You’ll notice a buildup of limescale through tiny particles of limescale float freely in the water of appliances such as your kettle, though this can be reduced by frequently rinsing.
On Your Health
One of the most noticeable effects of hard water is skin irritation. The cleansing products used while showering can’t dissolve well in the water due to the minerals present, leaving deposits left on the body that can suck the moisture right out of your skin. Many people who bathe with hard water notice dry skin and even hard or bumpy patches of skin caused by dryness and irritation.
Using a water softener can get rid of some of the minerals dissolved in the water and make it easier for shampoos and soaps to dissolve in the water and rinse cleanly from the skin. And even lowering the temperature of your hot water to 60°C can reduce the amount of limescale formed.
Hard water is not a health hazard. While some studies suggest a correlation between hard water and lower cardiovascular disease mortality, other studies do not suggest a correlation, and it is generally recognised that hard water is more than safe, even contributing a small amount toward total calcium and magnesium human dietary needs.
Where is the Hard Water in Bristol?
If you’re on a municipal water system, your water supplier will be able to tell you the hardness level of the water they deliver. Bristol Water has a handy postcode finder, where they can tell you, in detail, the chemical and mineral makeup of your water.
All of Bristol’s water is classed as hard, but there are different levels over the different areas, largely determined by the various water sources, such as lakes, supplying the specific locales. For instance, the water quality in Clifton and Kingsdown is slightly harder, with a total hardness of 214 mg/l, than the water in Bedminster, with a total of 197 mg/l. Knowing these specifics can be useful when choosing appliances or even central heating systems to fit into your home, as some handle higher mineral levels better than others.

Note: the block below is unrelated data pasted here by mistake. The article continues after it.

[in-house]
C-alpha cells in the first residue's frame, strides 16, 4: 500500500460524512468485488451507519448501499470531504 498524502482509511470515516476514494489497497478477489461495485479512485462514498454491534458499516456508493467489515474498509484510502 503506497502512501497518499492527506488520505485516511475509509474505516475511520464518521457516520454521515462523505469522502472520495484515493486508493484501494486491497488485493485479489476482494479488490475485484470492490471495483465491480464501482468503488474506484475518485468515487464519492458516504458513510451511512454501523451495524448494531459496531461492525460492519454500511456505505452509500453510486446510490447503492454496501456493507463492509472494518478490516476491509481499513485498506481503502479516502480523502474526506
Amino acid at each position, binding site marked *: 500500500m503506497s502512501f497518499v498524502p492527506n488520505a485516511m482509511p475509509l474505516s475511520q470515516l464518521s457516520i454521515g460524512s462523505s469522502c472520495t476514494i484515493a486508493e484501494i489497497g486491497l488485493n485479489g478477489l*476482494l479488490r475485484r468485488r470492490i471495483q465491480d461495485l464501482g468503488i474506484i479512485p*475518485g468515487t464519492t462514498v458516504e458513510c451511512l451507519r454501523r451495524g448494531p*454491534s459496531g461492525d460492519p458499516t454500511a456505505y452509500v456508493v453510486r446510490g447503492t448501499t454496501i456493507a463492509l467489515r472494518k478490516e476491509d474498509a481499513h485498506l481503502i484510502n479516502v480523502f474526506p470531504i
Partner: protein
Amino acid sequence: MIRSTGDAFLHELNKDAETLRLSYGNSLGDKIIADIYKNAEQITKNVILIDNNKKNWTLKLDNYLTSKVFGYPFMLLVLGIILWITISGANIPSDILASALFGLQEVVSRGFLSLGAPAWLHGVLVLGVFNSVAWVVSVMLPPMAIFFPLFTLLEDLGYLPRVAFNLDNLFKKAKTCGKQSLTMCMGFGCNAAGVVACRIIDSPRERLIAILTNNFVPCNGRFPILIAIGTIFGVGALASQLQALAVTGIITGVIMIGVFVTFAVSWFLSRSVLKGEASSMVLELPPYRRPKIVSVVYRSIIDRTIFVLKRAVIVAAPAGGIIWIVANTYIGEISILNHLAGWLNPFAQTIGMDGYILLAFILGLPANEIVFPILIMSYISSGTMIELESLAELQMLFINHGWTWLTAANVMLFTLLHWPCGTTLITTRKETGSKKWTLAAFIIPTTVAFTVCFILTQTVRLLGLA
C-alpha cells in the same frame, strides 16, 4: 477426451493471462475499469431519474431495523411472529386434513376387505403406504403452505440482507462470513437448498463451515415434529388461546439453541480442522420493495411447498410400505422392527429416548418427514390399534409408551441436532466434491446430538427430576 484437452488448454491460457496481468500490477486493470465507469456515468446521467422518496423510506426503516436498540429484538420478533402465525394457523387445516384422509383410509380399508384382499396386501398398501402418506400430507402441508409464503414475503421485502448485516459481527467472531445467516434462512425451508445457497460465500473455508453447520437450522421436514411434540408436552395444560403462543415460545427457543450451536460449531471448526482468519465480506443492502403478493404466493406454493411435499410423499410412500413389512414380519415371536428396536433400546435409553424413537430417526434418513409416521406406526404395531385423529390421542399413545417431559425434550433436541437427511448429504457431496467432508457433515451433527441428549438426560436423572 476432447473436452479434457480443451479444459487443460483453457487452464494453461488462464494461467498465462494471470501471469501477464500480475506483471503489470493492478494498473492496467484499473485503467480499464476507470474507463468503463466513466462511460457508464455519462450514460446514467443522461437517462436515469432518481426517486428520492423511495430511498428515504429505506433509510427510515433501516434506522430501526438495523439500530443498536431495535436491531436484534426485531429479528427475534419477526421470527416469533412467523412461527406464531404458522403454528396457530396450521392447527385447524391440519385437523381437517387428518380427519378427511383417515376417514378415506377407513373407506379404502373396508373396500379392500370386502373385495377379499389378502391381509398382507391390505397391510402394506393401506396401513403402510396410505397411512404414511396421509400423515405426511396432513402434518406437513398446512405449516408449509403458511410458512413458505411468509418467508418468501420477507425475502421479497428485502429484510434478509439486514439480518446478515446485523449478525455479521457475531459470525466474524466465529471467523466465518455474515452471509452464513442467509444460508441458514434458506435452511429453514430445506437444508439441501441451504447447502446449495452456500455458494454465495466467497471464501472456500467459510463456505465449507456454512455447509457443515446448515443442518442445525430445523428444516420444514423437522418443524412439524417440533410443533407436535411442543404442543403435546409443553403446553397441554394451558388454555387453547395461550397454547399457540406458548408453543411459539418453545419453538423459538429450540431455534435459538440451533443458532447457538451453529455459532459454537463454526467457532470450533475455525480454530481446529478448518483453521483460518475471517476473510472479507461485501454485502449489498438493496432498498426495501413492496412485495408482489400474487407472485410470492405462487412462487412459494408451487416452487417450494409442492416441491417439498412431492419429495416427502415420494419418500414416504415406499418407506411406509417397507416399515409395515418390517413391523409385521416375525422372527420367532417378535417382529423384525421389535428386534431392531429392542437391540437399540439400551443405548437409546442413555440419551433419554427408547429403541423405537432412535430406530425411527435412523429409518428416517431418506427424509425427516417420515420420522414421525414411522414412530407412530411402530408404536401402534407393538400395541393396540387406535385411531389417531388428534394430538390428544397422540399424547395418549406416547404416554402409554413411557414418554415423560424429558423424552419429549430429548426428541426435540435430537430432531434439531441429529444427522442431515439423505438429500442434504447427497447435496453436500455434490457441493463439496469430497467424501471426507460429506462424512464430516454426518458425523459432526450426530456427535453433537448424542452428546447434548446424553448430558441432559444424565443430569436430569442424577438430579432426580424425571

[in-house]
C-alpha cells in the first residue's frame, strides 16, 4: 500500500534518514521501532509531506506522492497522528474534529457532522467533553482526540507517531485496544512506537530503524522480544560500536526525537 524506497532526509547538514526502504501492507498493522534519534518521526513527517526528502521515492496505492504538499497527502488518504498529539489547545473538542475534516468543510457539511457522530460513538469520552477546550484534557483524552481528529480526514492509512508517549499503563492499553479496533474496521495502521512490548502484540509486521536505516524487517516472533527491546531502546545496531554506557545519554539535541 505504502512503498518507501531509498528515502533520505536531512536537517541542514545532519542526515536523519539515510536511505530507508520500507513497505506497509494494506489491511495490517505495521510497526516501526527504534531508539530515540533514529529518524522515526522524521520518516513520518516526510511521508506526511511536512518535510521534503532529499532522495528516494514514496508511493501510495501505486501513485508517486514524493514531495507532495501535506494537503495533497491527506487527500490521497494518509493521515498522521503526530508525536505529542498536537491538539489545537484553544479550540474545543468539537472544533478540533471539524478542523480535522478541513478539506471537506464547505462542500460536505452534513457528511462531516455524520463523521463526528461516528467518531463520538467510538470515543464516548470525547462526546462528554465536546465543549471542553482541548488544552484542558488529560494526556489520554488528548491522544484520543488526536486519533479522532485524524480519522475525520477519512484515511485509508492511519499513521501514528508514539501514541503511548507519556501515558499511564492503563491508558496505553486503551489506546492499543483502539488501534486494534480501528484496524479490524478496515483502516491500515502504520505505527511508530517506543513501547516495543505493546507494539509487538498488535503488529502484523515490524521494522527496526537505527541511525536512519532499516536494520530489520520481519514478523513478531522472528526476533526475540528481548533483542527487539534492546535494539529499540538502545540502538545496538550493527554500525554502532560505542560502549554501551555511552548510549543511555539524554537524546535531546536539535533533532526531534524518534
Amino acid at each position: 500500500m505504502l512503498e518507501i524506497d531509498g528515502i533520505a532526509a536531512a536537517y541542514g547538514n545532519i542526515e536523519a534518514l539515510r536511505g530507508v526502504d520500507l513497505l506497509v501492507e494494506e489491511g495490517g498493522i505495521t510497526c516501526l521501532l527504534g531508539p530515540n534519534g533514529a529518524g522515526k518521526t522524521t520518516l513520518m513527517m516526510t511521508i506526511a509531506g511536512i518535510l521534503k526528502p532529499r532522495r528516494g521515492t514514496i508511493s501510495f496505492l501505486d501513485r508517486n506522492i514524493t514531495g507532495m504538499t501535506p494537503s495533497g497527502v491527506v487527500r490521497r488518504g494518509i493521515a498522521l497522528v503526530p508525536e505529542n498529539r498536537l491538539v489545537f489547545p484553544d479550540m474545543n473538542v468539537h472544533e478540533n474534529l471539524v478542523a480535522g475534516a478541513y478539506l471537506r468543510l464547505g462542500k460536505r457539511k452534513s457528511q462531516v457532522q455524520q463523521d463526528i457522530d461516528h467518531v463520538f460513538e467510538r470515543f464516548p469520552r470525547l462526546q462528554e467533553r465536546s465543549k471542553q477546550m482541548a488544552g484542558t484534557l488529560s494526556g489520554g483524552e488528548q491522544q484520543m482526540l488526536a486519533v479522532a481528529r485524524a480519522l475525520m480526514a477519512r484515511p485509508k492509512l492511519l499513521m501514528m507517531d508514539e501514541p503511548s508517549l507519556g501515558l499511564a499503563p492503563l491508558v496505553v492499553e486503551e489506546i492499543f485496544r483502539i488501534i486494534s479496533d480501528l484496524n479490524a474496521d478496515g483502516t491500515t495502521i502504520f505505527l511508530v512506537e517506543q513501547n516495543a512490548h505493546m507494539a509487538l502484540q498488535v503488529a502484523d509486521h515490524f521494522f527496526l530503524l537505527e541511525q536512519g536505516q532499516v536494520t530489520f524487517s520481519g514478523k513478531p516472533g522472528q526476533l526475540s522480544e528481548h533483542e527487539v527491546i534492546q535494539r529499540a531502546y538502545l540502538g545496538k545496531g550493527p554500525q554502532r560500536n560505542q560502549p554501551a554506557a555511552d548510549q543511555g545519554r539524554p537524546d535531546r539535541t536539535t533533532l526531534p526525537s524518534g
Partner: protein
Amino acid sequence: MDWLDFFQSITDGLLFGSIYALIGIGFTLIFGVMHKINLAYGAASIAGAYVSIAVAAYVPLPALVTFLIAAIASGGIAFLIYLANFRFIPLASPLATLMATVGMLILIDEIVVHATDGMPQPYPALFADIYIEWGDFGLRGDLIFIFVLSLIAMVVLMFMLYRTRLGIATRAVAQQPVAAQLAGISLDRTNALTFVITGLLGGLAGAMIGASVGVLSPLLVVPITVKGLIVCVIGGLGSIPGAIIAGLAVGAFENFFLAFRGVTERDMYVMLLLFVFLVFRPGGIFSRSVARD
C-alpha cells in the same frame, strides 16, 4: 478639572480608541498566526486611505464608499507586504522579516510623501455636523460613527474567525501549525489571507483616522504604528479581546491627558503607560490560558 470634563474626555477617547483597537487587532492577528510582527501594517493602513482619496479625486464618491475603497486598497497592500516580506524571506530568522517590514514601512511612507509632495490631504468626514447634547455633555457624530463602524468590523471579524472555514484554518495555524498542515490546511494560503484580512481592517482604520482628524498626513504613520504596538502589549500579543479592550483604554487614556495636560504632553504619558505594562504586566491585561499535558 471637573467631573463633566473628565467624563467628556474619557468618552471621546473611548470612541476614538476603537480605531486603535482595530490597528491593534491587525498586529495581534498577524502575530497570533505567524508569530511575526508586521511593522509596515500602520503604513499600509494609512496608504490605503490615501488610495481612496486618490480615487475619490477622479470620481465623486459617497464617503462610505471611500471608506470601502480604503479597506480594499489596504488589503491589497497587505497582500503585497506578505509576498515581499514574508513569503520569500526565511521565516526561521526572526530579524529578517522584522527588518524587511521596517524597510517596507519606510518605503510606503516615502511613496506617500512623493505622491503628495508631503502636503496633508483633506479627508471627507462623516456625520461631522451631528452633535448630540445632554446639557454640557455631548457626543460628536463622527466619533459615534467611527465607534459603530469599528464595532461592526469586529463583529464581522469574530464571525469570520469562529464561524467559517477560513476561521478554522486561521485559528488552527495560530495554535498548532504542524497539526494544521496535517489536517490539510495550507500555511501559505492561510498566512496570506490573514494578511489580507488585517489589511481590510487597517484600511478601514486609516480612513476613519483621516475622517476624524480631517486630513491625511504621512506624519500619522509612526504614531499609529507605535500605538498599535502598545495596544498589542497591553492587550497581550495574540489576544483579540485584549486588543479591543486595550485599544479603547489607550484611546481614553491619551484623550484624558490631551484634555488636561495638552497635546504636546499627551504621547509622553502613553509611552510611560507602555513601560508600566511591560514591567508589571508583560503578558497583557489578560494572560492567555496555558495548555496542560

If you have a private water supply, you can have the water tested for hardness. Most water testing laboratories offer hardness tests for a fee. When using these water tests, be certain you understand the nature of the test, the water condition being measured, and the significance of the test results. Water hardness testing kits are available for purchase through water testing supply companies and there are some great DIY water testing kits. If more accurate measurements are needed, contact a testing laboratory.
How Can You Protect Your Home From Hard Water?
Hard water is inescapable, but there are measures you can take to mitigate its effects. You can install a water conditioner or softener, which remove the excess minerals, like calcium, magnesium and iron from your water as it comes in from the source. In some homes, it may be necessary to fit a water conditioner or softener before a heating unit.
To save yourself from any headaches, it’s always best to talk to a plumber to assess your homes plumbing requirements.
Just because Bristol is a hard water city, it doesn’t mean that your water should make your life any harder. If you suspect that you’re suffering from any plumbing problems caused by hard water, please don’t hesitate to contact us on 01179 093 967.